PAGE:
Friday, October 24, 2014

Lessons learned...

The first coat of paint is now on the upper railing.

I am hoping that I will be able to get the second coat on this weekend.  Very much so hoping.

In painting my first railing, I have learned quite a few lessons.  The first is to hire a painter if you can!  If not, then consider the following:

  • Resign yourself to a lack of perfection in your end result.  A good job is a success.
  • Unless you completely cover your standing surface, resign yourself to having to clean up splatters.
  • Resign yourself to having bugs land on your paint.
  • Allow yourself the freedom to not hand brush the balusters.
  • To roll the balusters, use a trim roller for greater control and less splatter.
  • If leaning over a railing to roll the balusters, use a 1 foot extension pole.
  • Painting hastily will result in greater splatter and take longer than painting with a slow and smooth rhythm.

As far as painting a railing goes, I found the following order to make today's painting to go much faster than the priming of the day before.  In fact, I finished more than an hour less than priming, even though I was painting more carefully.  The proper roller and the one-foot extension pole I found in my basement utility closet did help immensely, but the following order of painting had me zipping through each section with only one splatter of paint that missed the brown paper I put below the railing to catch drips and splatters:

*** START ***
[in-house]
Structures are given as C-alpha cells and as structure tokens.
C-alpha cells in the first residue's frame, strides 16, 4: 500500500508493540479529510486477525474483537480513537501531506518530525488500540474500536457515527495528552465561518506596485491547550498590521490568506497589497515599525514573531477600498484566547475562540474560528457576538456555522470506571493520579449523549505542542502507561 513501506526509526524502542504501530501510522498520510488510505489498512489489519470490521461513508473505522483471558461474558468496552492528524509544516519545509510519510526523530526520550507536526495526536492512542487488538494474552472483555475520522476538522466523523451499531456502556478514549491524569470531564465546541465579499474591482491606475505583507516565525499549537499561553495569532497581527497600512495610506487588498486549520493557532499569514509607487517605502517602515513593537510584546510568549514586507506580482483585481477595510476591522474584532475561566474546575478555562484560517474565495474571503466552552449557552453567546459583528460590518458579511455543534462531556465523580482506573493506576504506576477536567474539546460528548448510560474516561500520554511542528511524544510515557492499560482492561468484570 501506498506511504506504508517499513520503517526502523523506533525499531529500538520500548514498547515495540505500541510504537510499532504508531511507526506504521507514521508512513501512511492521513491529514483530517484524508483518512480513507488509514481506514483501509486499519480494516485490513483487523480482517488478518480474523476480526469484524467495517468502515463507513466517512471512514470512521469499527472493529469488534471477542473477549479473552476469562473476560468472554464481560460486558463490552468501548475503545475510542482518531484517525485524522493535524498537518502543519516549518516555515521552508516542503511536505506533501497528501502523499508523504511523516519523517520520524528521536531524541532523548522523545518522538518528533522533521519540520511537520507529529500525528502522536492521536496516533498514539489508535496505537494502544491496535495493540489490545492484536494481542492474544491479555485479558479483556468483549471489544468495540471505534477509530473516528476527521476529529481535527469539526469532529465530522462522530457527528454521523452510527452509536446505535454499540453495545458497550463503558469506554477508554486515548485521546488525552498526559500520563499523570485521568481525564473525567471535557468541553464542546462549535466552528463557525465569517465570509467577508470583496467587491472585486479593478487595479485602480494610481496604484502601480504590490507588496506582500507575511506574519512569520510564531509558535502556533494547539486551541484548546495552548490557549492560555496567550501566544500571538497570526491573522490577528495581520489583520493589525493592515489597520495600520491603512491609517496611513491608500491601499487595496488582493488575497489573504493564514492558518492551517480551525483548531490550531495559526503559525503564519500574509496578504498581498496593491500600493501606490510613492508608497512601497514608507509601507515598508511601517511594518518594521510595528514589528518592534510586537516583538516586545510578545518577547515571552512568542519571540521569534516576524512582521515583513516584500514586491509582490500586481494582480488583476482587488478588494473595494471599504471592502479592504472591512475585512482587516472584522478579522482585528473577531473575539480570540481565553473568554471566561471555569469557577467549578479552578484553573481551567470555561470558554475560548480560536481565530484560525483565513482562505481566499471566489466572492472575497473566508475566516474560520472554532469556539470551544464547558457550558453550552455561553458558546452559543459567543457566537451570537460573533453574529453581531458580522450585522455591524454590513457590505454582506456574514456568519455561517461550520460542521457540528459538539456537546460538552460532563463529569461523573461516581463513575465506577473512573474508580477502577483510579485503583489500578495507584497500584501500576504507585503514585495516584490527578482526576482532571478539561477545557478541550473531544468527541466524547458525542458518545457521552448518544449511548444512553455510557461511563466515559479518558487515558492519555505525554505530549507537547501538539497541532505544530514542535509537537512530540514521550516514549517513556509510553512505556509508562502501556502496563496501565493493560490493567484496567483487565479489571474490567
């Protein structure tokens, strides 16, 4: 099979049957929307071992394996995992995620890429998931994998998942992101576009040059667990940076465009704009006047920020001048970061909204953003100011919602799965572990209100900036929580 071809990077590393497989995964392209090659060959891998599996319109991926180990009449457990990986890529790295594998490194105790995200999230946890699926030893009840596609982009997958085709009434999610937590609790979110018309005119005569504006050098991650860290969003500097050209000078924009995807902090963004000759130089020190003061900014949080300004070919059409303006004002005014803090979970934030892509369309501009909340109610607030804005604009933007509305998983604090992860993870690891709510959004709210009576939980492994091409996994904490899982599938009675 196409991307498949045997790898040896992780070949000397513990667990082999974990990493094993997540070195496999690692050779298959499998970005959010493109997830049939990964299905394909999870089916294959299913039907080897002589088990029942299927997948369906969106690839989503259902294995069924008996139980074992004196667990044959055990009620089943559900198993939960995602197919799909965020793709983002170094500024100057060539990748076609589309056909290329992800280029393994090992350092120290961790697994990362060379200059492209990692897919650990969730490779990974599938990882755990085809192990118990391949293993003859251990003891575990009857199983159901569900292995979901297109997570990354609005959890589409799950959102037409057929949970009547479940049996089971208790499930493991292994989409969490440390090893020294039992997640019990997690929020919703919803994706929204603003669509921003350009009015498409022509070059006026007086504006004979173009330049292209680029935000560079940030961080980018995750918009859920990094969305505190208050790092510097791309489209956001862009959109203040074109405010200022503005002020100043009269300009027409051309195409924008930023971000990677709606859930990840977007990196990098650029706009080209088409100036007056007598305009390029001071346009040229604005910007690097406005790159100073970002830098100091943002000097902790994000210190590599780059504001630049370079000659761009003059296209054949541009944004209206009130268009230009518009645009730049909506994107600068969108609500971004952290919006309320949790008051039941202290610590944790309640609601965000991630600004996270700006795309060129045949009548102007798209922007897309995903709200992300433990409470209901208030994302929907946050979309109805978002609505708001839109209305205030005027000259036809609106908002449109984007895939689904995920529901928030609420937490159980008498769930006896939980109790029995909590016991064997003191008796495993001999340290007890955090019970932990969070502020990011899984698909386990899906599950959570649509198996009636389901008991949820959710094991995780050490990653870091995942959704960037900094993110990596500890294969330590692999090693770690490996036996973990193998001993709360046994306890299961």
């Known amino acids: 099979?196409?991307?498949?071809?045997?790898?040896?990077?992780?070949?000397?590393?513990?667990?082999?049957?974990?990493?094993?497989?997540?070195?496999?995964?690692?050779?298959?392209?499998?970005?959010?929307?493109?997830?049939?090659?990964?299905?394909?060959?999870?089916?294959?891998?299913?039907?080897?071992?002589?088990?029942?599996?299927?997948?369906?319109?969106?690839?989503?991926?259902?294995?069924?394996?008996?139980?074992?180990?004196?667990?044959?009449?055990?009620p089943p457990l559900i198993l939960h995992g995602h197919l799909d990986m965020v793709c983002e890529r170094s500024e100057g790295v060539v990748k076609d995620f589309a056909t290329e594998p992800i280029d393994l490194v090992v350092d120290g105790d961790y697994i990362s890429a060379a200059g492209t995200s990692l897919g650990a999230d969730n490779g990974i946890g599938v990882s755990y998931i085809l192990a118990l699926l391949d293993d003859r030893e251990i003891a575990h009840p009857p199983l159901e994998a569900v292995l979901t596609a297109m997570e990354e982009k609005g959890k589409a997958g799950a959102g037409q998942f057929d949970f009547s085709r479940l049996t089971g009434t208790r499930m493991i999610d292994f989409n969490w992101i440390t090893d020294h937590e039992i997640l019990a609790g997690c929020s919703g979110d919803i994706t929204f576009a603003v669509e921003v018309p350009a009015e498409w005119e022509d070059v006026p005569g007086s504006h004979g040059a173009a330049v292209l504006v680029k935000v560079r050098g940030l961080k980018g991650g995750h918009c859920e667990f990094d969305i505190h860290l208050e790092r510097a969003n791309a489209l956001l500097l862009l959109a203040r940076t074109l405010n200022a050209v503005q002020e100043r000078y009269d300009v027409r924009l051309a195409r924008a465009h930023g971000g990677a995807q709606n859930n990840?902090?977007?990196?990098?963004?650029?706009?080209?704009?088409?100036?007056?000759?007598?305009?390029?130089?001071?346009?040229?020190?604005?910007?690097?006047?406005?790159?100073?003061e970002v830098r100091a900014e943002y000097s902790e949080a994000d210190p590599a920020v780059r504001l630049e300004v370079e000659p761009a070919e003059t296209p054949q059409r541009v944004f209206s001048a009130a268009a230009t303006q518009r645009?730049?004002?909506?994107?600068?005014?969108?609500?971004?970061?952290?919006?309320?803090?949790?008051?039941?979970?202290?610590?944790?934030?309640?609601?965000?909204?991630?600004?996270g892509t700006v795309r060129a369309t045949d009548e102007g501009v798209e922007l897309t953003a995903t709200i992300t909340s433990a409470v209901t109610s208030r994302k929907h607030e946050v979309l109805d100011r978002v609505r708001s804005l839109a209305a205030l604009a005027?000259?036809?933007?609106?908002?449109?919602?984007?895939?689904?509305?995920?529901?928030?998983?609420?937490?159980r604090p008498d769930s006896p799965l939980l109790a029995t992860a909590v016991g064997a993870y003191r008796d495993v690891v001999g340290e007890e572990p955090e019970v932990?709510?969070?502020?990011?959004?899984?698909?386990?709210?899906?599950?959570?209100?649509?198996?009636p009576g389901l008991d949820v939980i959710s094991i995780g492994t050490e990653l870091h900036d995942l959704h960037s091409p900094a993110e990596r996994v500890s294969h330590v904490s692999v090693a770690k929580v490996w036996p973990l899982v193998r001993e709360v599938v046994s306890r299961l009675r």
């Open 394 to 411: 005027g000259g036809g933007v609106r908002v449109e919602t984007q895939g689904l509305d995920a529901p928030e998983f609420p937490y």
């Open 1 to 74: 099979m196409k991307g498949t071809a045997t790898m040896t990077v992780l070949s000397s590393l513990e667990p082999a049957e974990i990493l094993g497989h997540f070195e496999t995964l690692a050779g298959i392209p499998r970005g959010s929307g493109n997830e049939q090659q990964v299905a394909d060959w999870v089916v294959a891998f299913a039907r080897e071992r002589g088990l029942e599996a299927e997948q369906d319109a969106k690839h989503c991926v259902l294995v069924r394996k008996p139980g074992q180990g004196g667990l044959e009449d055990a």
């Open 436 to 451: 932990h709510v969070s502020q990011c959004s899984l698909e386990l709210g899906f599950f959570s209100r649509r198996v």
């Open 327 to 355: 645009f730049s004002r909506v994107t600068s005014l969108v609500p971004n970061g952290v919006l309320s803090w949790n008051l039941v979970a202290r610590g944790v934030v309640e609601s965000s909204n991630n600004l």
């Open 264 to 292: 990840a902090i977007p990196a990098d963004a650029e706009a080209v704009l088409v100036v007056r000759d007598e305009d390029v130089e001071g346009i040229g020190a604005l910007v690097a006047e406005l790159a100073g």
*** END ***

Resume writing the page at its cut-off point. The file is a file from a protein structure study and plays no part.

• Work only on one section of railing at a time.
  • Lean over the top of the railing and paint the underside of the edge of the railing.
  • Return to your starting place, lean over the top of the railing, and paint about two inches of the top of the back of each baluster.
  • Return to your starting place, sit down, reach through the balusters, and paint the outside of the bottom rail and about two inches of the bottom of the back side of the baluster.
  • Return to your starting place and paint the front side of the bottom rail and about two inches of the other three sides of the bottom of the balusters.
  • Return to your starting place, lean over the railing, and roll the back of the post and the balusters. 
  • Return to your starting place, sit down, and roll the other three sides of your balusters, as well as the front and inside of your post.
  • Return to your starting place and brush the bottom railing.  As you move along, brush the outside edge, turn the brush to the side and cut along the top edge of the railing in front of the balusters, and then finish by brushing the middle of the railing between each baluster.
  • Return to your starting place, stand, and brush the top railing.  Brush the entire outside edge, then brush the entire inside edge, and then finish with a smooth brush coat on the top of the handrail.
  • Move to the next section and repeat.

I am feeling far less despairing about finishing.  I hurt so very much on Thursday, following Wednesday's priming.  I wept quite a bit about finishing the job.  However, now I know that it is possible—weather permitting—without as much pain and distress as the priming.